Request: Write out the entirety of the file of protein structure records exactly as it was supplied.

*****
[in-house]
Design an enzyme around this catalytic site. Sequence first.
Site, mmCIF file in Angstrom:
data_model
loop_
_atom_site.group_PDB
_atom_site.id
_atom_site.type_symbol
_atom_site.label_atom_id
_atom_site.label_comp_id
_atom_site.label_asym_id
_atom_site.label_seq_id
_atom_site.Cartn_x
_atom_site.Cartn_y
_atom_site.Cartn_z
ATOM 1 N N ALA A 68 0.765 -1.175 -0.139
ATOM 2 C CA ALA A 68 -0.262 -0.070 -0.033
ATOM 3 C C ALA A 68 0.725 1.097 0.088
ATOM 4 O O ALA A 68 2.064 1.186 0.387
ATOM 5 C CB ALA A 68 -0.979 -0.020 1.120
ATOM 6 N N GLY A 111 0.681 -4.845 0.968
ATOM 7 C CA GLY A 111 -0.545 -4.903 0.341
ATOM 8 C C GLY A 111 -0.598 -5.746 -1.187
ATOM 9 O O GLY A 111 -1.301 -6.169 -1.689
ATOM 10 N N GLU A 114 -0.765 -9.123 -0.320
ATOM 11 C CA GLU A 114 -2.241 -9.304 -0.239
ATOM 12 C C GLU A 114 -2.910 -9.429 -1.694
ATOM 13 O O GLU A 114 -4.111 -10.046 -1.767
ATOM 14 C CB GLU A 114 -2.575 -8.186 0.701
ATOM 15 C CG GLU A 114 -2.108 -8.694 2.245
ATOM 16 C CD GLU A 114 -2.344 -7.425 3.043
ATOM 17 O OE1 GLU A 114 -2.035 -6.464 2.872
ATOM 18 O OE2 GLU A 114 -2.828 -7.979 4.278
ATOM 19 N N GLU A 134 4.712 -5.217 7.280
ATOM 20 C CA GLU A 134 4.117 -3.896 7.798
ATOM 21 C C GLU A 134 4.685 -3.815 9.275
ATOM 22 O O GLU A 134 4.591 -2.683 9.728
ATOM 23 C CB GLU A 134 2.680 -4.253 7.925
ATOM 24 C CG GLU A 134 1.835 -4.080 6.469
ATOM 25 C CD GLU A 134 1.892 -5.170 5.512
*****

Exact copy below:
[in-house]
Design an enzyme around this catalytic site. Sequence first.
Site, mmCIF file in Angstrom:
data_model
loop_
_atom_site.group_PDB
_atom_site.id
_atom_site.type_symbol
_atom_site.label_atom_id
_atom_site.label_comp_id
_atom_site.label_asym_id
_atom_site.label_seq_id
_atom_site.Cartn_x
_atom_site.Cartn_y
_atom_site.Cartn_z
ATOM 1 N N ALA A 68 0.765 -1.175 -0.139
ATOM 2 C CA ALA A 68 -0.262 -0.070 -0.033
ATOM 3 C C ALA A 68 0.725 1.097 0.088
ATOM 4 O O ALA A 68 2.064 1.186 0.387
ATOM 5 C CB ALA A 68 -0.979 -0.020 1.120
ATOM 6 N N GLY A 111 0.681 -4.845 0.968
ATOM 7 C CA GLY A 111 -0.545 -4.903 0.341
ATOM 8 C C GLY A 111 -0.598 -5.746 -1.187
ATOM 9 O O GLY A 111 -1.301 -6.169 -1.689
ATOM 10 N N GLU A 114 -0.765 -9.123 -0.320
ATOM 11 C CA GLU A 114 -2.241 -9.304 -0.239
ATOM 12 C C GLU A 114 -2.910 -9.429 -1.694
ATOM 13 O O GLU A 114 -4.111 -10.046 -1.767
ATOM 14 C CB GLU A 114 -2.575 -8.186 0.701
ATOM 15 C CG GLU A 114 -2.108 -8.694 2.245
ATOM 16 C CD GLU A 114 -2.344 -7.425 3.043
ATOM 17 O OE1 GLU A 114 -2.035 -6.464 2.872
ATOM 18 O OE2 GLU A 114 -2.828 -7.979 4.278
ATOM 19 N N GLU A 134 4.712 -5.217 7.280
ATOM 20 C CA GLU A 134 4.117 -3.896 7.798
ATOM 21 C C GLU A 134 4.685 -3.815 9.275
ATOM 22 O O GLU A 134 4.591 -2.683 9.728
ATOM 23 C CB GLU A 134 2.680 -4.253 7.925
ATOM 24 C CG GLU A 134 1.835 -4.080 6.469
ATOM 25 C CD GLU A 134 1.892 -5.170 5.512